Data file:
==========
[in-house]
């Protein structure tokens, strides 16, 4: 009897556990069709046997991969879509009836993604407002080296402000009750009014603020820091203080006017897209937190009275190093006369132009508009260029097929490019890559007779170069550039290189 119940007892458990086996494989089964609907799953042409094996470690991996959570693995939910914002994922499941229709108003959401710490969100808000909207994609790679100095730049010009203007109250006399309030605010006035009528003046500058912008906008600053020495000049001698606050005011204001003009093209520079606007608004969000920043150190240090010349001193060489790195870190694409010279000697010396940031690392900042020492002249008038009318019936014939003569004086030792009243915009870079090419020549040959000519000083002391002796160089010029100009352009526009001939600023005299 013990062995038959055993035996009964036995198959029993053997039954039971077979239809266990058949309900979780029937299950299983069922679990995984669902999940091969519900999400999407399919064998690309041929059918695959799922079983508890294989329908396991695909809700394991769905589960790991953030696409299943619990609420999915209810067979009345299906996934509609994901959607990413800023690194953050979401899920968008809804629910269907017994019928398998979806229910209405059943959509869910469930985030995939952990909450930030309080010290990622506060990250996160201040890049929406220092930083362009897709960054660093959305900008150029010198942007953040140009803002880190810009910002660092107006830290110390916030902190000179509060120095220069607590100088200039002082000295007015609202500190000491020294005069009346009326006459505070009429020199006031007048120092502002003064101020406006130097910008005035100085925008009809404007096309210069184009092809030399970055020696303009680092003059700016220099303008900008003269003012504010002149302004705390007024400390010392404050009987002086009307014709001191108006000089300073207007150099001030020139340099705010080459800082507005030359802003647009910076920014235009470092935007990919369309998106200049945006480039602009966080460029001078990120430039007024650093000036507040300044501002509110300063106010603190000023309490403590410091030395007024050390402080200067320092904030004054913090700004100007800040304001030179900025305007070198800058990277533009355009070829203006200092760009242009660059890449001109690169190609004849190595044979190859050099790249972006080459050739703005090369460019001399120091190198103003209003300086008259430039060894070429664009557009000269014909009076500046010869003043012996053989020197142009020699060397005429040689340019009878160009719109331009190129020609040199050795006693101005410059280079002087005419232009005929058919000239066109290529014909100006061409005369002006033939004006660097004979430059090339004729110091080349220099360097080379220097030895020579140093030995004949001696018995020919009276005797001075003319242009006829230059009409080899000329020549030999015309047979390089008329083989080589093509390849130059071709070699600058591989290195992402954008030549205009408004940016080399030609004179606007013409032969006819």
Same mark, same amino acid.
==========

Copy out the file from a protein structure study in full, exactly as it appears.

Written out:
[in-house]
């Protein structure tokens, strides 16, 4: 009897556990069709046997991969879509009836993604407002080296402000009750009014603020820091203080006017897209937190009275190093006369132009508009260029097929490019890559007779170069550039290189 119940007892458990086996494989089964609907799953042409094996470690991996959570693995939910914002994922499941229709108003959401710490969100808000909207994609790679100095730049010009203007109250006399309030605010006035009528003046500058912008906008600053020495000049001698606050005011204001003009093209520079606007608004969000920043150190240090010349001193060489790195870190694409010279000697010396940031690392900042020492002249008038009318019936014939003569004086030792009243915009870079090419020549040959000519000083002391002796160089010029100009352009526009001939600023005299 013990062995038959055993035996009964036995198959029993053997039954039971077979239809266990058949309900979780029937299950299983069922679990995984669902999940091969519900999400999407399919064998690309041929059918695959799922079983508890294989329908396991695909809700394991769905589960790991953030696409299943619990609420999915209810067979009345299906996934509609994901959607990413800023690194953050979401899920968008809804629910269907017994019928398998979806229910209405059943959509869910469930985030995939952990909450930030309080010290990622506060990250996160201040890049929406220092930083362009897709960054660093959305900008150029010198942007953040140009803002880190810009910002660092107006830290110390916030902190000179509060120095220069607590100088200039002082000295007015609202500190000491020294005069009346009326006459505070009429020199006031007048120092502002003064101020406006130097910008005035100085925008009809404007096309210069184009092809030399970055020696303009680092003059700016220099303008900008003269003012504010002149302004705390007024400390010392404050009987002086009307014709001191108006000089300073207007150099001030020139340099705010080459800082507005030359802003647009910076920014235009470092935007990919369309998106200049945006480039602009966080460029001078990120430039007024650093000036507040300044501002509110300063106010603190000023309490403590410091030395007024050390402080200067320092904030004054913090700004100007800040304001030179900025305007070198800058990277533009355009070829203006200092760009242009660059890449001109690169190609004849190595044979190859050099790249972006080459050739703005090369460019001399120091190198103003209003300086008259430039060894070429664009557009000269014909009076500046010869003043012996053989020197142009020699060397005429040689340019009878160009719109331009190129020609040199050795006693101005410059280079002087005419232009005929058919000239066109290529014909100006061409005369002006033939004006660097004979430059090339004729110091080349220099360097080379220097030895020579140093030995004949001696018995020919009276005797001075003319242009006829230059009409080899000329020549030999015309047979390089008329083989080589093509390849130059071709070699600058591989290195992402954008030549205009408004940016080399030609004179606007013409032969006819």
Same mark, same amino acid.